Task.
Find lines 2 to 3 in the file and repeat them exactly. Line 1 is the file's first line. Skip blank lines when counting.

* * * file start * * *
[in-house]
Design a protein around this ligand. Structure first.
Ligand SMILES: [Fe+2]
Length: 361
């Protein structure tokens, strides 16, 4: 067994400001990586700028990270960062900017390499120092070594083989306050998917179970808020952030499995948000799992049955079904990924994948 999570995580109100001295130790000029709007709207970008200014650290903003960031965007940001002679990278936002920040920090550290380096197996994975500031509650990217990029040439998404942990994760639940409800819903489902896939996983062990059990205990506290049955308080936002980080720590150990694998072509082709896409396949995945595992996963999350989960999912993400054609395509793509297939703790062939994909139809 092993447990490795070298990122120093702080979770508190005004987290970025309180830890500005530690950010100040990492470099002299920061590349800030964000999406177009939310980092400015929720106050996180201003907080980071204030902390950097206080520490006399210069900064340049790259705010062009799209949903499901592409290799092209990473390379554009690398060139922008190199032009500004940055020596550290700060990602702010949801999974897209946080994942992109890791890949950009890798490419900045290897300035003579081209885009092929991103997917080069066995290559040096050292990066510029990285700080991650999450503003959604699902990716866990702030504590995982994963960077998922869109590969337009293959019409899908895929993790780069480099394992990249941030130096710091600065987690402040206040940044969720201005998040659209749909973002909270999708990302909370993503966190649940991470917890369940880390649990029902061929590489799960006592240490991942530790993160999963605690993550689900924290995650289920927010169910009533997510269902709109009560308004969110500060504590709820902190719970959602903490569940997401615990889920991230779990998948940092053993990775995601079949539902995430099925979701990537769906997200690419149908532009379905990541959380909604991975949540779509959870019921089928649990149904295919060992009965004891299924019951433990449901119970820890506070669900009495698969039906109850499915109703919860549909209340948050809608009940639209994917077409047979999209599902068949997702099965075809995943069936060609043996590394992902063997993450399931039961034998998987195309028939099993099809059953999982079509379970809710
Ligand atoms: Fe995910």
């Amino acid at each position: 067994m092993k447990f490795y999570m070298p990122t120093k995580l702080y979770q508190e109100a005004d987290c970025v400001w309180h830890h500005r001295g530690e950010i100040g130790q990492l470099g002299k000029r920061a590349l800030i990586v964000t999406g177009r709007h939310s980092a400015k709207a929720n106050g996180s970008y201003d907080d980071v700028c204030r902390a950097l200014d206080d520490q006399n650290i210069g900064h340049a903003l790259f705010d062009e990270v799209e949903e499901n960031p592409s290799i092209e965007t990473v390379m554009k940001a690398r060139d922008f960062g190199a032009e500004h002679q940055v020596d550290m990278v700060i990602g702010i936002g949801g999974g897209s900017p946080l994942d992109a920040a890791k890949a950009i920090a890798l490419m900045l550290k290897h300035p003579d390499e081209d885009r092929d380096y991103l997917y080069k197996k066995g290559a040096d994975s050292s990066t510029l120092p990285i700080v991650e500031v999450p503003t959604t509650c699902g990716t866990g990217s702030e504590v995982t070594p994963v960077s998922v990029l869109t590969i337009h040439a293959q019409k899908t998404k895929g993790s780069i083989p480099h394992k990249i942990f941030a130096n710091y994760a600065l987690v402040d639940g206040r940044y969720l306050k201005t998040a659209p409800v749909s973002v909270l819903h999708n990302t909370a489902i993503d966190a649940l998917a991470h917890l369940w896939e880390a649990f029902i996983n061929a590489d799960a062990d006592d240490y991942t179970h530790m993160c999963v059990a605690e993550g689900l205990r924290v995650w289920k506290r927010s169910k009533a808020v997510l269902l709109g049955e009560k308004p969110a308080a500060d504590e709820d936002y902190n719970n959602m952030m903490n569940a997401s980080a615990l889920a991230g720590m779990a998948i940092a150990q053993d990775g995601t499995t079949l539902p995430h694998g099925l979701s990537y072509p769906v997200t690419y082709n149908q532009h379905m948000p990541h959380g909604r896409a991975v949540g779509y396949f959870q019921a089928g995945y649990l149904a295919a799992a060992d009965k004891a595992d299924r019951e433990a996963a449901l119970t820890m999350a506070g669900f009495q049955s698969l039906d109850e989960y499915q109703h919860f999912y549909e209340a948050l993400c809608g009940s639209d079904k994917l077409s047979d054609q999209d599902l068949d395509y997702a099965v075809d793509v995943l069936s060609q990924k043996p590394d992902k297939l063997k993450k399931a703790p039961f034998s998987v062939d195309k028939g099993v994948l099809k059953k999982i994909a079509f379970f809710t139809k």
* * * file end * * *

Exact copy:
Design a protein around this ligand. Structure first.
Ligand SMILES: [Fe+2]